Reacting quickly to the US recalls, China in August set up a Cabinet-level panel on food safety and quality control under Vice-Premier Wu Yi, known in China and abroad for her toughness and efficiency in getting things done. Within a week, a nationwide campaign was launched to ratchet up efforts to improve product quality and supervision.

Eight categories of products are under the microscope, including pork, drugs, agricultural products, processed food, toys and electric wires. The government has also begun to sponsor quality-control training for some specific industries. The campaign's goal: improving product quality in four months.

The State Council has also defined the liability of enterprises as the first person-in-charge for the product quality and food safety, as well as the related responsibility of local governments.

But it is not just a problem of having the right regulations; it will take a long time to educate producers and the general public.

But in the long view, the happened are not all bad. It will Chinese makers better understand global regulations, improved their awareness of quality and the need for quality supervision systems, arise their enthusiasm to participate in this special war to protect the safety and interests of the general public, as well as a war to safeguard the 'Made in China' label and the country's image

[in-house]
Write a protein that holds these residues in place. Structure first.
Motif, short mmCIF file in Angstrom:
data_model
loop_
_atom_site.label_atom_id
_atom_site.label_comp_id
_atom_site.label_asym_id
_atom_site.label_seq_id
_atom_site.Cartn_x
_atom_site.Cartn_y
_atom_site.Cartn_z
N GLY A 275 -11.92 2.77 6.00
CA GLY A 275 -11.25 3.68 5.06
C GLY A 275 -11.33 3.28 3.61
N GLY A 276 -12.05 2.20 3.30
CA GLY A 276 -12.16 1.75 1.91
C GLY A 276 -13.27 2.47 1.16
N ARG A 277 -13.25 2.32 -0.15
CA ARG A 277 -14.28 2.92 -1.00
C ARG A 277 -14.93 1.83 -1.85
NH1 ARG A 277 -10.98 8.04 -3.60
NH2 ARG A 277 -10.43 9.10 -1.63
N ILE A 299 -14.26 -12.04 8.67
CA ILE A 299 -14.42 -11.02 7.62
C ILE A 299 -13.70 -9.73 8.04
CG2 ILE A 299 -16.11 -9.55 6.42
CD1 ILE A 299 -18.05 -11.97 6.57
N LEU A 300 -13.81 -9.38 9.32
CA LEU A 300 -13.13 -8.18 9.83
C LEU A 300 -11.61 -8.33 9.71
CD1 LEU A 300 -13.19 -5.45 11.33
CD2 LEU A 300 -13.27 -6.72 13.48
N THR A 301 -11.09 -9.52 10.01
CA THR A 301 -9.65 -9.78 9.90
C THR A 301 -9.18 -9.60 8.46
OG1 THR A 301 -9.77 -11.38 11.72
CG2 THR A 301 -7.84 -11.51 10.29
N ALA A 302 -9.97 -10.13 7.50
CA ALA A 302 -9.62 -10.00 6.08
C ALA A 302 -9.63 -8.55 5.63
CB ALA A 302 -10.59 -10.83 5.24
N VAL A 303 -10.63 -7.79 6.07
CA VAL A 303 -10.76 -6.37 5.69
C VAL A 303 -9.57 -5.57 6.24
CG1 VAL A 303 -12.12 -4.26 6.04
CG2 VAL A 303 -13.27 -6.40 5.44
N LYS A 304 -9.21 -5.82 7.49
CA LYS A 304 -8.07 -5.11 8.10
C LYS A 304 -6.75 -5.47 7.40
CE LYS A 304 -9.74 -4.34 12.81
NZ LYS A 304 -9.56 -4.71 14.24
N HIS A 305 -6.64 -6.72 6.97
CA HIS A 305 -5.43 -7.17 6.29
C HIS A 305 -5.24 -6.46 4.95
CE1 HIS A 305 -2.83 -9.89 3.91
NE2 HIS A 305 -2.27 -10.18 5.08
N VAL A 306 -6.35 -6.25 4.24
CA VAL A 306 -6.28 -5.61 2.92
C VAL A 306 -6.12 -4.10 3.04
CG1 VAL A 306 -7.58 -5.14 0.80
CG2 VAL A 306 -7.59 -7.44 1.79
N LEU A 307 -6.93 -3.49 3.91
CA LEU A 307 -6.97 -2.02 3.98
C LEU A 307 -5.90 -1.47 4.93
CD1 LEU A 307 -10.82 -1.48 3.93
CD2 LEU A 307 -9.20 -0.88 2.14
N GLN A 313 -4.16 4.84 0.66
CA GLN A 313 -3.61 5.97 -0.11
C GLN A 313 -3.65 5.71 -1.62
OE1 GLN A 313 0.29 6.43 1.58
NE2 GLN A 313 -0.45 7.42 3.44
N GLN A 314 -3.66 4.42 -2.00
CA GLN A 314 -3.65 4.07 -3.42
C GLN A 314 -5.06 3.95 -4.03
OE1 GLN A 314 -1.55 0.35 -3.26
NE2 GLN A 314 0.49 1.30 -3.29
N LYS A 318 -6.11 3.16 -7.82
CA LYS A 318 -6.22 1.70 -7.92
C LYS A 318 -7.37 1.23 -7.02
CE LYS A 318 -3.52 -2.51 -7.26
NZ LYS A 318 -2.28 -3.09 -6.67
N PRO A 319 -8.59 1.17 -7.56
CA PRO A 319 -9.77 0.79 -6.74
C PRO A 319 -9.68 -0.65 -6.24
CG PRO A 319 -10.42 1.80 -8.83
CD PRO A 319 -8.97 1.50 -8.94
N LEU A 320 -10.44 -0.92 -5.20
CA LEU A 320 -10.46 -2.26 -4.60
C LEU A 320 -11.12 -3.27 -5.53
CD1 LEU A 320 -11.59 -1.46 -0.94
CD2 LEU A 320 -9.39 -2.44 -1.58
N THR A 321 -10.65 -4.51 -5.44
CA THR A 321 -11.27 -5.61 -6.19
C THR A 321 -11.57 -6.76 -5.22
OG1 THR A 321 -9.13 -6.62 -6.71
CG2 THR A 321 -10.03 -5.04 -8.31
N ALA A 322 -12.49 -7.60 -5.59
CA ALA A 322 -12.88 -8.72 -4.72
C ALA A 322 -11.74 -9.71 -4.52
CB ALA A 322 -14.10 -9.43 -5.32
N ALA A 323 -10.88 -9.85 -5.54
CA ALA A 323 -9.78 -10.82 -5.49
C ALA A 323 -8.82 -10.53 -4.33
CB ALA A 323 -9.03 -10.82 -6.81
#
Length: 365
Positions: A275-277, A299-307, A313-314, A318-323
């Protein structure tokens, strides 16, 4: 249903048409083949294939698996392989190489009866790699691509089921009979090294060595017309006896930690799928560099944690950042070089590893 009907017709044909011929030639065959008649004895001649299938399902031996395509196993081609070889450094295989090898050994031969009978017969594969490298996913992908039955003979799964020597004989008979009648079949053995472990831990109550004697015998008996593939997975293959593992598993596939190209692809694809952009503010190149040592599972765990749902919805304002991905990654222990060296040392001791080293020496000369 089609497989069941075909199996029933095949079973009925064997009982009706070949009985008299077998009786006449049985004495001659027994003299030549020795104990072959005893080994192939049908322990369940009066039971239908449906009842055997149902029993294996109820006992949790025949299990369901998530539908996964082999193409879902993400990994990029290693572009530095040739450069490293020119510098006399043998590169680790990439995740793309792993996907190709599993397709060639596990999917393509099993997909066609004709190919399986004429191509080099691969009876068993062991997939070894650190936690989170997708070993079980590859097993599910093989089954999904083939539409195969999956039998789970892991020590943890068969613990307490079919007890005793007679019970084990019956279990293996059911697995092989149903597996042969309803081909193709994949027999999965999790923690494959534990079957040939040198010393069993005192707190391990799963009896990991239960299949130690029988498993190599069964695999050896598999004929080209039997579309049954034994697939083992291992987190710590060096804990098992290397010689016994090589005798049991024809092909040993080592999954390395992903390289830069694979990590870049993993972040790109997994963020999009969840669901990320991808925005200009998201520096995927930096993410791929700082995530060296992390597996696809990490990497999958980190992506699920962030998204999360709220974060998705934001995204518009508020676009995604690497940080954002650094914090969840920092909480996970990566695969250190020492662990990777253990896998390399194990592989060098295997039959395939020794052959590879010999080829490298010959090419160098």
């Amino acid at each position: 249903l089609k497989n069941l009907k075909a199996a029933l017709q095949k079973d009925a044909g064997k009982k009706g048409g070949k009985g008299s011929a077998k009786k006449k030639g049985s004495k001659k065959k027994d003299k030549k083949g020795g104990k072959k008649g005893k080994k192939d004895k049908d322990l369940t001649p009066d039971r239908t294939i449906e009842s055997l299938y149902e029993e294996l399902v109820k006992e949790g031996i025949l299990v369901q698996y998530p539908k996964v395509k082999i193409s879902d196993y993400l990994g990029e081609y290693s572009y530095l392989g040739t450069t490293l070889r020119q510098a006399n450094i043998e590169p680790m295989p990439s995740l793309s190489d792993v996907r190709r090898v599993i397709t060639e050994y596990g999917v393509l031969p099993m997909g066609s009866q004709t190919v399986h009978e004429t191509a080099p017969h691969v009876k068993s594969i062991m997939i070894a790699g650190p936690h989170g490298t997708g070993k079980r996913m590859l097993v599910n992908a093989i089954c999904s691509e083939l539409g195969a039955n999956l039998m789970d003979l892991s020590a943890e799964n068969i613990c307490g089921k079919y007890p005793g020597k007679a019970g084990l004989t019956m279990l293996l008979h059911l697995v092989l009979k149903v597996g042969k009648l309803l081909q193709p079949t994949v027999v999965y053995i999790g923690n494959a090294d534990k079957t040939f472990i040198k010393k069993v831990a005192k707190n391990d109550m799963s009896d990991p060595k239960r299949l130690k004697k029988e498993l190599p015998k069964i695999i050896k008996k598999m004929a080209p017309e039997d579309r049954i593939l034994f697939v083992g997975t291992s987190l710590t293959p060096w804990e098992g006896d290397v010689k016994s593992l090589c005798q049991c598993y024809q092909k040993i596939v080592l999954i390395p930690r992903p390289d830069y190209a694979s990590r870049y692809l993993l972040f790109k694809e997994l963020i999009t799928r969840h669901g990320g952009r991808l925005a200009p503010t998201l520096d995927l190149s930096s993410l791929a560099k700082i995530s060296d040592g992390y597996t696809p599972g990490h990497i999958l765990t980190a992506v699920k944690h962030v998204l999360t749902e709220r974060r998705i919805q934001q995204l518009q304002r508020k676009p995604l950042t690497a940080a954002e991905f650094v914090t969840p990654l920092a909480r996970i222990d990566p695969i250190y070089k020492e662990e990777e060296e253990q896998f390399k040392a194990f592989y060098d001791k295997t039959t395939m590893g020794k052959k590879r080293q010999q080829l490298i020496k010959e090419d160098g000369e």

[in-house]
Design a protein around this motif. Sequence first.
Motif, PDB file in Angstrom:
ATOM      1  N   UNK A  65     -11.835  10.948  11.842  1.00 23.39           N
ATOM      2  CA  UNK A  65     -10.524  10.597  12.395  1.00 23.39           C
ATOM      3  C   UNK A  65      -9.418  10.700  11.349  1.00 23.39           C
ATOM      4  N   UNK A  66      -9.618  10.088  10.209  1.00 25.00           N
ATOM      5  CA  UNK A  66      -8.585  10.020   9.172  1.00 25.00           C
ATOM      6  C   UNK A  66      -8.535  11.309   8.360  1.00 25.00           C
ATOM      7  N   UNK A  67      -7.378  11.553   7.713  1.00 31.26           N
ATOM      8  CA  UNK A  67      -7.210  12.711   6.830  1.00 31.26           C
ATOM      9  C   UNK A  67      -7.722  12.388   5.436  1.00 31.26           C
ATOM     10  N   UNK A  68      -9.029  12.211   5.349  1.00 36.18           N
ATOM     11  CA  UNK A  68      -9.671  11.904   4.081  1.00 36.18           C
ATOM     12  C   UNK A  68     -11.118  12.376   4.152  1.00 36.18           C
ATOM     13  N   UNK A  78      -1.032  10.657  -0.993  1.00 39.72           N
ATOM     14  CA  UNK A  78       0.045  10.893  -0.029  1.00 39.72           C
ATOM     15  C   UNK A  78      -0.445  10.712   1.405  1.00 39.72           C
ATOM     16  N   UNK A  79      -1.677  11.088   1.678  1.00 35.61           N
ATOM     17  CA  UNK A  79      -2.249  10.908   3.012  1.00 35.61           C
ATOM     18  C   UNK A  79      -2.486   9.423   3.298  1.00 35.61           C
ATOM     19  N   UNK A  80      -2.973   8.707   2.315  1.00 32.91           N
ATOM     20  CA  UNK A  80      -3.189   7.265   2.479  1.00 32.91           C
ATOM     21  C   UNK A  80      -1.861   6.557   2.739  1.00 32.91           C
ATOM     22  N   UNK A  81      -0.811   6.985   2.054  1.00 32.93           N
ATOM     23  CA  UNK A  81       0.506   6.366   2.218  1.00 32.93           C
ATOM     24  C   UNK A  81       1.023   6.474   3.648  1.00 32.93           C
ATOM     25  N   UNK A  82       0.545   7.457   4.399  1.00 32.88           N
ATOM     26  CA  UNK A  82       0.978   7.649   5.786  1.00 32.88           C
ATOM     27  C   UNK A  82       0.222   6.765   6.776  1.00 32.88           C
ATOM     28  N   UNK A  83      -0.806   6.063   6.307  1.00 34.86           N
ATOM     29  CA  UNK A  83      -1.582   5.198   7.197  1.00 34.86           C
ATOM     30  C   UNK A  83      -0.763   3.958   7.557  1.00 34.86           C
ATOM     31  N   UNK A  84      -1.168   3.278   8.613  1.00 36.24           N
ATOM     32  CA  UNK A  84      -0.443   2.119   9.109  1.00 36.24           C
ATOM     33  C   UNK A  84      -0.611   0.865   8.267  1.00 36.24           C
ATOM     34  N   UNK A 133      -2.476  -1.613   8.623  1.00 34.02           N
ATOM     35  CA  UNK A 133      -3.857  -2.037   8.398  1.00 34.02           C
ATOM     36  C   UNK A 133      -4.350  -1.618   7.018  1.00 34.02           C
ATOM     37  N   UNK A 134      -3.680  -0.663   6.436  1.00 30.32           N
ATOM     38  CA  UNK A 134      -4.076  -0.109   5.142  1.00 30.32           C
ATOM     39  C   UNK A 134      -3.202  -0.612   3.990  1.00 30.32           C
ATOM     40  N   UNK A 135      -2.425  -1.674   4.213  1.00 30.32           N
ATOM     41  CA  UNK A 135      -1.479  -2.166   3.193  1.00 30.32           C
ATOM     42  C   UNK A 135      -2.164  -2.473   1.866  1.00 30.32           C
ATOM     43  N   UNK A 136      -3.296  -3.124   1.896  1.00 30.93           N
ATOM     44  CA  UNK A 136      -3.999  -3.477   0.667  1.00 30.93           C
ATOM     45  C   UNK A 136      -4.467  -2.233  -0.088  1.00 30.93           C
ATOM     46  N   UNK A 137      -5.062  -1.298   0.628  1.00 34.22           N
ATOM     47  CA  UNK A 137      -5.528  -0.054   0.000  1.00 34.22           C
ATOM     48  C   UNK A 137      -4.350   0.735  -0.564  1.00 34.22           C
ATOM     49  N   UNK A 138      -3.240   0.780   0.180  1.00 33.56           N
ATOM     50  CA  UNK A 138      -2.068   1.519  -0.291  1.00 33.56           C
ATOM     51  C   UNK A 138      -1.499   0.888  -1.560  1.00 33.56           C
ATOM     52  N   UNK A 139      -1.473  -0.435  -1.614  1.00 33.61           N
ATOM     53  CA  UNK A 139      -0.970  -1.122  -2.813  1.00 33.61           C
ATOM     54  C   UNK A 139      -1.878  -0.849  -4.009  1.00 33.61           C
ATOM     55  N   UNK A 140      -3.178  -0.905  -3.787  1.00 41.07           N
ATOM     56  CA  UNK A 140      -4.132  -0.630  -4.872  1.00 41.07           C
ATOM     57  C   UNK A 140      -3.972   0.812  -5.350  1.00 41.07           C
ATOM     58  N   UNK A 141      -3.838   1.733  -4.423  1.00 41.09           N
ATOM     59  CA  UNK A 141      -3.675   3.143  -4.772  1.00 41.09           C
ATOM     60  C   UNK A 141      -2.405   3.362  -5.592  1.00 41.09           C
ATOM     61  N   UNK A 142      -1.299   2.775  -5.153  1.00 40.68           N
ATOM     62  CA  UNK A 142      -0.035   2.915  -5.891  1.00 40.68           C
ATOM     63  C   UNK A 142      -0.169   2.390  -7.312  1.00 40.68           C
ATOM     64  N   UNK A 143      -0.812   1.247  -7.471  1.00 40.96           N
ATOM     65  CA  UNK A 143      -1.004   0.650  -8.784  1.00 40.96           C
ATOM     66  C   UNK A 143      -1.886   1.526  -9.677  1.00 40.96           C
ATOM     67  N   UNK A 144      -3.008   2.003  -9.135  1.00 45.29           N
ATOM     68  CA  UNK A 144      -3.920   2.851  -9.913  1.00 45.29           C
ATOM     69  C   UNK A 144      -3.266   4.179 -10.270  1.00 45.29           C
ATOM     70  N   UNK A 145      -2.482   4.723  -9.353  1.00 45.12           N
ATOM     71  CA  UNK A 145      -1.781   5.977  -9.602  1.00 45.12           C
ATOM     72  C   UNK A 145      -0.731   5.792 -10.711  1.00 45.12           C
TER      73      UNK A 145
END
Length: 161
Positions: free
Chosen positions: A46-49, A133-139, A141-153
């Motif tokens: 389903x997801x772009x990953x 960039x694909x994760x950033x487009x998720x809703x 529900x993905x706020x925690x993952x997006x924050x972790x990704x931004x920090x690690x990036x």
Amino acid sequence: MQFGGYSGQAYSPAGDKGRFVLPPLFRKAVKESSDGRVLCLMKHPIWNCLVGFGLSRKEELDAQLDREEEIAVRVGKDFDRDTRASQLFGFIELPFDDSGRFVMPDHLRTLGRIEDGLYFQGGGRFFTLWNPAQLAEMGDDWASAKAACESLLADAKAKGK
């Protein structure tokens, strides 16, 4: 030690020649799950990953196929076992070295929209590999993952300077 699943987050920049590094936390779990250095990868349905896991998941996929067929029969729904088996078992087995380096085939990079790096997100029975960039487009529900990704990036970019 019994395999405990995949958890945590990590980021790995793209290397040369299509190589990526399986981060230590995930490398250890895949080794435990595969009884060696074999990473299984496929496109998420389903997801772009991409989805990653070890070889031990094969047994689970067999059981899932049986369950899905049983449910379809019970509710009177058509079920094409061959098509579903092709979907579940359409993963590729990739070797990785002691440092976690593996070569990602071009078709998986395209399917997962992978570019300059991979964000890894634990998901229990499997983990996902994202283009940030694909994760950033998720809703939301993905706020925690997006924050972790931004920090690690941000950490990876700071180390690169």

China is a country of high sense of responsibility, and even with only 1 percent of products of inferior quality, the country will not shy away from or cover them up but spare no efforts in tackling and solving the problem in an honest manner.
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General 0 Comment October 31, 2007, 3:43 pm

Change of the function of HR

October 30, 2007 - by Nicole Huang

The HR function has been changed from its traditional role of handling paychecks, benefits and training to one of strategic partner in business growth. The Ninth Annual HR Conference held in Shanghai this year discussed warmly in the topics of organizational development and organizational capability.

There are several fields of the organizational development and organizational capability. Firstly, change of the management. Although the change of management will have to face a lot of problems such as bringing about a loss of momentum and energy; change management can help companies through a transition period by eliminating anxiety, stress and uncertainty and creating enthusiasm. According to the survey carried out by Bain & Co., the reason for change needs to be rooted in external factors or environment. For example, the changes in the marketplace, trends in technology, consumer demands and competitive environment.

Secondly, HR also needs to be able to identify high potentials and what competencies need to be developed.

Thirdly, the structure change to support business. The experts suggested combining the business and HR competencies and Hr practitioners need to add value beyond administration and understand the business needs of the company and be on the same page as the company leaders.